the odd thing about the album is that braxton didn’t just take on the monk canon, he specifically modelled his version on lacy’s reflections (1958) – using two otherwise fairly unlikely collaborators, waldron and neidlinger, in the same chairs but replacing elvin jones with osborne; and apart from substituting two more virtuoso pieces (“played twice” and “corners”) for three of lacy’s less outlandish selections he plays the same set, the two ballads included.

    mmm, actually i’d better dig that album out… thanks guys :)

    i have more braxton on the way myself btw…

  3. Dear centrifuge, thanks for that wonderful commentary, and background on the album. We hadn’t known of the Reflections aspect. Appreciate your adding to our understanding here.

  4. monk is a fave – i like braxton as well – but have not heard these…
    i don’t “get” the letters-numbers titles – but i don’t worry about it and just listen…
    funny how the expectations of what a jazz artist should be often gets in the way…when in reality it ought to be about the individual expression…
    it also seems odd that people don’t attribute the proper level of work and study and deliberation in the work of some improvisers – that’s why i love the lange quote…

    anyhow, is their a name for that ginormous horn?

  5. Mike, technically the horn is a contrabass saxophone, but Braxton liked to call his “The Mac-ette”, he said, “after the Big Mac hamburger.” Braxton, then as now, was more or less addicted to Mickey Dee’s.

  6. and this is just in case someone might try to steal & pawn big Mac :)

    Mike wrote: “…funny how the expectations of what a jazz artist should be often gets in the wayâ?¦”

    Yes, as does the expectation of being a “jazz” artist.

  7. El próximo 23 de mayo Anthony Braxton toca en Buenos Aires, Argentina. Es la primera vez que llega a nuestro país.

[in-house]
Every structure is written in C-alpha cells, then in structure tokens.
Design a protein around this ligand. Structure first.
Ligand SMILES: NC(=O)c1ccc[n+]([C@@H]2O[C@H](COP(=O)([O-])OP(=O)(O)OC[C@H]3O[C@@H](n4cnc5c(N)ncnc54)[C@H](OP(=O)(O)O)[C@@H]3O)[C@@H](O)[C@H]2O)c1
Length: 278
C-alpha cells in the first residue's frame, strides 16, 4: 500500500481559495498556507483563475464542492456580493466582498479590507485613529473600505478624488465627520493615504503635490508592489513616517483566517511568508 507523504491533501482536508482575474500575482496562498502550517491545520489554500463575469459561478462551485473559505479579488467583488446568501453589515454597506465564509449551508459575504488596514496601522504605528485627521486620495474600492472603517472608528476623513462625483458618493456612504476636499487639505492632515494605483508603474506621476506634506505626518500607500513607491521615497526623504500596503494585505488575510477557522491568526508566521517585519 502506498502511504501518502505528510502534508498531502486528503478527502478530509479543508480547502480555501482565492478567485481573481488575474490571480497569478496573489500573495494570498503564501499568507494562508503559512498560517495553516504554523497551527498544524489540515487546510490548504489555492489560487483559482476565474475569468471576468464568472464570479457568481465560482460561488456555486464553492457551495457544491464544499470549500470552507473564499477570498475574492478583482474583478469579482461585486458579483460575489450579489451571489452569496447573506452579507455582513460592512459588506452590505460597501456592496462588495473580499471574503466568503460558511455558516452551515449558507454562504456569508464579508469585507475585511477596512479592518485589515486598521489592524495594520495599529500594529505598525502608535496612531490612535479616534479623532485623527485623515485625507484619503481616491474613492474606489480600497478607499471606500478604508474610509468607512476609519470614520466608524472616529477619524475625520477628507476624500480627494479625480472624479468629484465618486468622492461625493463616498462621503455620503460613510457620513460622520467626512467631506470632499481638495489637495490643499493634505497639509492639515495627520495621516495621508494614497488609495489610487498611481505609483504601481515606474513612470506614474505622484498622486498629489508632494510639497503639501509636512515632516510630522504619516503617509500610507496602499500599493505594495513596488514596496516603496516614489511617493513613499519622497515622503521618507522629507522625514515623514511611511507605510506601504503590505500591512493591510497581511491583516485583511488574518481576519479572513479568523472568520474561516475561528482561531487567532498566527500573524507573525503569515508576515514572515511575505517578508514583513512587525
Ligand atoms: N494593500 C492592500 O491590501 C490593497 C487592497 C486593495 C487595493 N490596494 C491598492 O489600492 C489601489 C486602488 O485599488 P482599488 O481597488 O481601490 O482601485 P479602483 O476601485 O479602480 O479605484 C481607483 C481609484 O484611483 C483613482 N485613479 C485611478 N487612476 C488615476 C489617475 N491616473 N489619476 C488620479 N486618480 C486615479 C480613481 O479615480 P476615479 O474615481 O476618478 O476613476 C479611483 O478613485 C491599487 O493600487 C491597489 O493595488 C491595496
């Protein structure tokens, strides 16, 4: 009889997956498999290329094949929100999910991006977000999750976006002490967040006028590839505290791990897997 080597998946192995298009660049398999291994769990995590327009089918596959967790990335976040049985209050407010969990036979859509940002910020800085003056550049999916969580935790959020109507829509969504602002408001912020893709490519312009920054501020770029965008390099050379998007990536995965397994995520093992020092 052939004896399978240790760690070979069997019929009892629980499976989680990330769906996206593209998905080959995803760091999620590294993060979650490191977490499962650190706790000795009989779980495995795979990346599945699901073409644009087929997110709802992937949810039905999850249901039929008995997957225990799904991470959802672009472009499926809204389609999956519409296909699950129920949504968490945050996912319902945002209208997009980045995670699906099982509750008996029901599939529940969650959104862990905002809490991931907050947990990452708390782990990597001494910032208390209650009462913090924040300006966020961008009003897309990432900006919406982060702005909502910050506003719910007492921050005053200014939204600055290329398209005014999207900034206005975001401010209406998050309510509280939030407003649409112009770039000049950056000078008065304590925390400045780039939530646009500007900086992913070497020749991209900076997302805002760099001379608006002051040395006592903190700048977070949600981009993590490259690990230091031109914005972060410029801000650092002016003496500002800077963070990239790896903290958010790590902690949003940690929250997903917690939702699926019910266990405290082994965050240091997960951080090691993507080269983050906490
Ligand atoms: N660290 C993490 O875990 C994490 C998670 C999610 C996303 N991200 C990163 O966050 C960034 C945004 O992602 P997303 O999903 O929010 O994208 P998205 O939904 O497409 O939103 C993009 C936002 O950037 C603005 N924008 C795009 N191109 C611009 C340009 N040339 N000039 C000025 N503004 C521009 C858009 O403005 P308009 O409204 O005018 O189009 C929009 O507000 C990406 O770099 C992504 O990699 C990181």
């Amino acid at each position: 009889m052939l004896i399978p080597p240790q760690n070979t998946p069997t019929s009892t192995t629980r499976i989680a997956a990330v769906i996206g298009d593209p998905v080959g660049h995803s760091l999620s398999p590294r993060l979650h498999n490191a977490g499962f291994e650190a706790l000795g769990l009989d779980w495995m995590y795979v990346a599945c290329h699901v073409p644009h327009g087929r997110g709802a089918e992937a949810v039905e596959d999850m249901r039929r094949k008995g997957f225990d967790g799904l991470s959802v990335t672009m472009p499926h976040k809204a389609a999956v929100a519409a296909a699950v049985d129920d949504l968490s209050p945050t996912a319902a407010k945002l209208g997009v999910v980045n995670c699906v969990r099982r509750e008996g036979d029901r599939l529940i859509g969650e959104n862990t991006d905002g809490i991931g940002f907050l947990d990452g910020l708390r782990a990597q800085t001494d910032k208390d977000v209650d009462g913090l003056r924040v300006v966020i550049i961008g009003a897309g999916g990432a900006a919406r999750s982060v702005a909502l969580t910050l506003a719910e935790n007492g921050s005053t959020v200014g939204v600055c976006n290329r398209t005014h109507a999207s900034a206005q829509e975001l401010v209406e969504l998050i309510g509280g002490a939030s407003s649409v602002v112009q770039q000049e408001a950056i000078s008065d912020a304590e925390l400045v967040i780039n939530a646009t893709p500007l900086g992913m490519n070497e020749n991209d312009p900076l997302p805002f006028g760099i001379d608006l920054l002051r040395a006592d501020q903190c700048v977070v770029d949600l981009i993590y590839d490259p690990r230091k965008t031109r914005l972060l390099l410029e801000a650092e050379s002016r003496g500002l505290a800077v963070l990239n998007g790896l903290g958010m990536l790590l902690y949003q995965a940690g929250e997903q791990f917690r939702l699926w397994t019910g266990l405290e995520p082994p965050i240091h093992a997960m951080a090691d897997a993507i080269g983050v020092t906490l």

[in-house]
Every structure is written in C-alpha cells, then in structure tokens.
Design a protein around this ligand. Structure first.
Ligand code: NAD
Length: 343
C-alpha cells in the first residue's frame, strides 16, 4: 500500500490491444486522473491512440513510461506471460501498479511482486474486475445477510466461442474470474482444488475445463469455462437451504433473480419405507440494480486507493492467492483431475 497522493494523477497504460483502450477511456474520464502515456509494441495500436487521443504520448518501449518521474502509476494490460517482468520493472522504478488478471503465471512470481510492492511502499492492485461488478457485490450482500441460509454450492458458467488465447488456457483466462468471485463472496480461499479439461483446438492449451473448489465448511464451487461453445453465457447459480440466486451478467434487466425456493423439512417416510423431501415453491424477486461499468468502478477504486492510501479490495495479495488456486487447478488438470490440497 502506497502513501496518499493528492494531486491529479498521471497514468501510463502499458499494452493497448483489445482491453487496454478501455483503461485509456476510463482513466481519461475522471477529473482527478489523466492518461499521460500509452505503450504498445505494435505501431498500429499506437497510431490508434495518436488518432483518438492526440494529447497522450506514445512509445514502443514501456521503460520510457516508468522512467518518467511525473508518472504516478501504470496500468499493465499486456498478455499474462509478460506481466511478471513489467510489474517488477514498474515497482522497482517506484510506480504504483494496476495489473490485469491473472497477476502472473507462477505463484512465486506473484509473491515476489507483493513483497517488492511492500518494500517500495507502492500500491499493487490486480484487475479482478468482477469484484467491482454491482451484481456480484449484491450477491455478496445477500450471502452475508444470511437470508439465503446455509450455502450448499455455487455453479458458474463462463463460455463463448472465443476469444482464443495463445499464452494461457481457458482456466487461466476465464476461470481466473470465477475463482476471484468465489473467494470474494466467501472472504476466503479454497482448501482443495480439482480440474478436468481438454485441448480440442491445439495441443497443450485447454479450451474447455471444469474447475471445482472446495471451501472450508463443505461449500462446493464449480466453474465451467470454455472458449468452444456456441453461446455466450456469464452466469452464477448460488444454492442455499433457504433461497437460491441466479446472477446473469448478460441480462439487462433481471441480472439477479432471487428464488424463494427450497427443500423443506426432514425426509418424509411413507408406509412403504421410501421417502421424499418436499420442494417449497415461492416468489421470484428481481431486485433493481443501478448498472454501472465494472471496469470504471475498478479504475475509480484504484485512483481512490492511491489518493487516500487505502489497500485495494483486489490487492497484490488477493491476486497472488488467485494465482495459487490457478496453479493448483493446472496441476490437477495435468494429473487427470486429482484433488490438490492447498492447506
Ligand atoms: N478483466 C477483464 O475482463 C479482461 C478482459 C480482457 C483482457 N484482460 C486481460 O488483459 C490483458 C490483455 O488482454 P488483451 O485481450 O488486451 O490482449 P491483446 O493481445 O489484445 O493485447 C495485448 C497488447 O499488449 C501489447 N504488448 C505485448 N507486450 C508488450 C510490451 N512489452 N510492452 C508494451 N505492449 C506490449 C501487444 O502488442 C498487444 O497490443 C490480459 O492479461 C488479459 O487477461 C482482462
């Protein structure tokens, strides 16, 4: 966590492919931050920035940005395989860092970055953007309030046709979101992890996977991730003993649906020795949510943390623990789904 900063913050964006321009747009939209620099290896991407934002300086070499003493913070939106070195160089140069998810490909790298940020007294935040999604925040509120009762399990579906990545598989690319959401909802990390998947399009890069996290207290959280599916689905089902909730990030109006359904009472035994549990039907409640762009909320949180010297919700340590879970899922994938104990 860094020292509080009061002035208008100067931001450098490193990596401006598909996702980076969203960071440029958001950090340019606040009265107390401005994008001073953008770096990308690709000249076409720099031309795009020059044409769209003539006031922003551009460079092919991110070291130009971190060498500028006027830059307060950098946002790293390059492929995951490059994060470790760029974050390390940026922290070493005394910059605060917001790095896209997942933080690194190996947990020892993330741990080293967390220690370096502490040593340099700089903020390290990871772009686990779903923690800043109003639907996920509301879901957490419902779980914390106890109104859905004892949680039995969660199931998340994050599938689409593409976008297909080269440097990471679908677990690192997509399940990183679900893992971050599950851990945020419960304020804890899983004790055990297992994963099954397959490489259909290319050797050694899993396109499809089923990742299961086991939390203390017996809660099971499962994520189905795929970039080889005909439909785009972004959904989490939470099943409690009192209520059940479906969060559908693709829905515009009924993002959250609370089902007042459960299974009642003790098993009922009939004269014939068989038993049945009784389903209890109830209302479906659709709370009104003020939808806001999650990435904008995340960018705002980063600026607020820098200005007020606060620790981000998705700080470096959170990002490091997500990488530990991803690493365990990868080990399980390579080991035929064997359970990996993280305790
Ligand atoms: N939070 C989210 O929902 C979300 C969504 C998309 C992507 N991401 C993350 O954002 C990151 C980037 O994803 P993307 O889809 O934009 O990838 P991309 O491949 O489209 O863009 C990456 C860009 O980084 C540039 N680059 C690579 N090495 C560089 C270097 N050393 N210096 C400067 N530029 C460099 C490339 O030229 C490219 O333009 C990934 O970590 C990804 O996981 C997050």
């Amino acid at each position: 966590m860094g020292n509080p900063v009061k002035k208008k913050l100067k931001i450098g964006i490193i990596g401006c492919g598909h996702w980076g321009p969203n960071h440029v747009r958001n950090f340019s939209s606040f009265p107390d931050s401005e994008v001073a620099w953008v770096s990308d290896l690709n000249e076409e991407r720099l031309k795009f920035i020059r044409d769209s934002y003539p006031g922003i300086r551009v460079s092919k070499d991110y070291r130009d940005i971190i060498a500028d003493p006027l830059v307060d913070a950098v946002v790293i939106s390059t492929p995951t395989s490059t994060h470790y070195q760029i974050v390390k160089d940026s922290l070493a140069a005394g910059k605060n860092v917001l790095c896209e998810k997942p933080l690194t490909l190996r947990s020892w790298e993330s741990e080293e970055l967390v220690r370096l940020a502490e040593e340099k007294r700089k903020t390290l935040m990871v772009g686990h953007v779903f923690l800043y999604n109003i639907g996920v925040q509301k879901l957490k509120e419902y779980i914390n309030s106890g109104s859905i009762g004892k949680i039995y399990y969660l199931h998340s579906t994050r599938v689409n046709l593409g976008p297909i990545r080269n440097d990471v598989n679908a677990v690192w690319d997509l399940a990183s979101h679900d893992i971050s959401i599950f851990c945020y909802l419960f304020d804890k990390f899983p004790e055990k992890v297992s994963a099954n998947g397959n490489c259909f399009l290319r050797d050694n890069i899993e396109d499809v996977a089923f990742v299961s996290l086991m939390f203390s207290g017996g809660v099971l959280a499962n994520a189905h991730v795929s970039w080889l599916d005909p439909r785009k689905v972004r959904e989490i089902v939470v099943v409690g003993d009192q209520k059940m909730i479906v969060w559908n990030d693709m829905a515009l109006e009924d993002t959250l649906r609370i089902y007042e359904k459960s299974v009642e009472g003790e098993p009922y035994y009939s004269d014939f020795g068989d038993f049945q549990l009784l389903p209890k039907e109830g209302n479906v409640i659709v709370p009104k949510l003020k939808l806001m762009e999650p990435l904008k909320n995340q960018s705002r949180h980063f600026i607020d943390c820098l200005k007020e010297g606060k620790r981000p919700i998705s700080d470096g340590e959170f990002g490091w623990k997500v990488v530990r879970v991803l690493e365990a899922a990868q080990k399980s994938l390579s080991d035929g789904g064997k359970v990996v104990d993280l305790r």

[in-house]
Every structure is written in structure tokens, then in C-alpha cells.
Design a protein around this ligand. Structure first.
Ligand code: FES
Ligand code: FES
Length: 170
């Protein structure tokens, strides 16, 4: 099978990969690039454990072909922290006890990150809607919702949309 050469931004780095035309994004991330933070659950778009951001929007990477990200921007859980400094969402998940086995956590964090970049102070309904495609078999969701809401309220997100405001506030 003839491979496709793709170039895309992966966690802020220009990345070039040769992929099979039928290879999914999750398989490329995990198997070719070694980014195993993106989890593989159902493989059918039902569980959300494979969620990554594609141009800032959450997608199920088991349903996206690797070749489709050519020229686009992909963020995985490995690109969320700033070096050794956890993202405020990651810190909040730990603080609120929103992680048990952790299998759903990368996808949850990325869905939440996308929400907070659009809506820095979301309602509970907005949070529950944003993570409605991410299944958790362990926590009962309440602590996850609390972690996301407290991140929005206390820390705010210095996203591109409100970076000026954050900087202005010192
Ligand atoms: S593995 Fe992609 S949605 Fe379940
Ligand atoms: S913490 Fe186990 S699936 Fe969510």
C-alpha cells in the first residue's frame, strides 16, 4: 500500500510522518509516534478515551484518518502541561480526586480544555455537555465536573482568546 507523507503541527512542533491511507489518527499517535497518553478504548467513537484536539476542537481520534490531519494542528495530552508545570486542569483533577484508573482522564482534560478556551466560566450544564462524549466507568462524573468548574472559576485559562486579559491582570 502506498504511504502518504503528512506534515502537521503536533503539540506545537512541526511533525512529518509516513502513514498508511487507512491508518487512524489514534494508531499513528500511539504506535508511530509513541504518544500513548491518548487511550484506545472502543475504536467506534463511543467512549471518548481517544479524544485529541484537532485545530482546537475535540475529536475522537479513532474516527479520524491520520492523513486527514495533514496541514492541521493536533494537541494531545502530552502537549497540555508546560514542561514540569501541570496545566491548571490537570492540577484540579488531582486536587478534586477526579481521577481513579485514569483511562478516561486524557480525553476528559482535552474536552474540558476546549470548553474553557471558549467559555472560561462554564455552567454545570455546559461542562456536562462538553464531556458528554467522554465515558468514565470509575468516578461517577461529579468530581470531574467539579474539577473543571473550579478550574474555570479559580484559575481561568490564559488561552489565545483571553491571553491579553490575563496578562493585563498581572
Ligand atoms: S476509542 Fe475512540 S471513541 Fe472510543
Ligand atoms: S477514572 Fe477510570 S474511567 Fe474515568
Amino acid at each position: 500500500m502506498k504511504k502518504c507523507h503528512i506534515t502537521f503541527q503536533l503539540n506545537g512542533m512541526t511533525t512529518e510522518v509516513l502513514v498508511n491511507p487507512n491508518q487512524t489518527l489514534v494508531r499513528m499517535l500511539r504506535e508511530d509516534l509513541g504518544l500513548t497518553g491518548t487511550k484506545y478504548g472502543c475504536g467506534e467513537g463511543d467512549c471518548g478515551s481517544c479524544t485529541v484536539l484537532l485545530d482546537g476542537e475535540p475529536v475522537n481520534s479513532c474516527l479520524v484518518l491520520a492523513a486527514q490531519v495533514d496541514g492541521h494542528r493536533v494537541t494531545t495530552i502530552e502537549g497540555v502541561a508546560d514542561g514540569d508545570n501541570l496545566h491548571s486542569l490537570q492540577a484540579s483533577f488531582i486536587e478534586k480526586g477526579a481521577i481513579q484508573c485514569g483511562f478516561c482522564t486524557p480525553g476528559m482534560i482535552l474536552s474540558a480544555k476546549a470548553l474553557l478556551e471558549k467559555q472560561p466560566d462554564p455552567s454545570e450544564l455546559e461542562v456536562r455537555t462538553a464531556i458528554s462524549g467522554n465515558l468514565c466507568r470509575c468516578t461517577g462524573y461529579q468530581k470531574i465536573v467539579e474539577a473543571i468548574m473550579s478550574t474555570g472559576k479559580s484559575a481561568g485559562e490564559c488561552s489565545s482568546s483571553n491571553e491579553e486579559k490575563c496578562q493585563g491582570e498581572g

La actuación va a ser en formato de trio y está organizado en el marco del show â??6to Buenos Aires Jazz y otras músicasâ?? por el Gobierno de la Ciudad de Buenos Aires en forma totalmente libre y gratuita.

  8. Hey- thanks for putting these up. Embarrassed that I thought the contest track was something composed by Warne Marsh (at least I got Brax right). I’ve known Skippy from the above-mentioned “Reflections,” and thanks again for the background, centrifuge.

    Who cares, but for me these tracks are almost completely incoherent. The rhythm section playing is wooden, faltering, scattered and either behind or ahead of the beat in excruciatingly annoying ways. It’s sad to hear Mal Waldron in this context; he’s one of my all time favorite pianists but it’s just the wrong setting for him. Osborne’s drums suffer from that damnable ’80s drum recording bullshit. Paraphrasing what Miles said about Money Jungle, the Duke/Mingus/Roach trio recording, record company executives should be shot.


  9. another uninvited reflection– the worst indignity musicians can do to Monk pieces is make them sound forced, stilted and out of reach. The logic and integrity of Monk’s music shines in the hands of players who are completely relaxed and settled back into the phrases.


  10. interesting

    i don’t agree though (in this case). i think it captures the fun spirit of the original – which isn’t exactly the deepest piece monk ever wrote anyway.

    as an album, i do like it but don’t necessarily recommend it as an especially interesting examination of monk – and i certainly wouldn’t offer it as an “easy” route into braxton.

  11. I’m with Peter. I listened to this album a few times when it was new, being a Monk and Braxton fan, and thought it was more of a macho stunt than a really musical tribute to a master. Listening again doesn’t change that opinion. It’s kind of entertaining, but I don’t get much else.

    On the other hand, Braxton’s Twelve Tristano Compositions album from around the same era is much more settled-sounding music. Part of that does have to do with the rhythm section of Dred Scott, Cecil McBee, and Andrew Cyrille.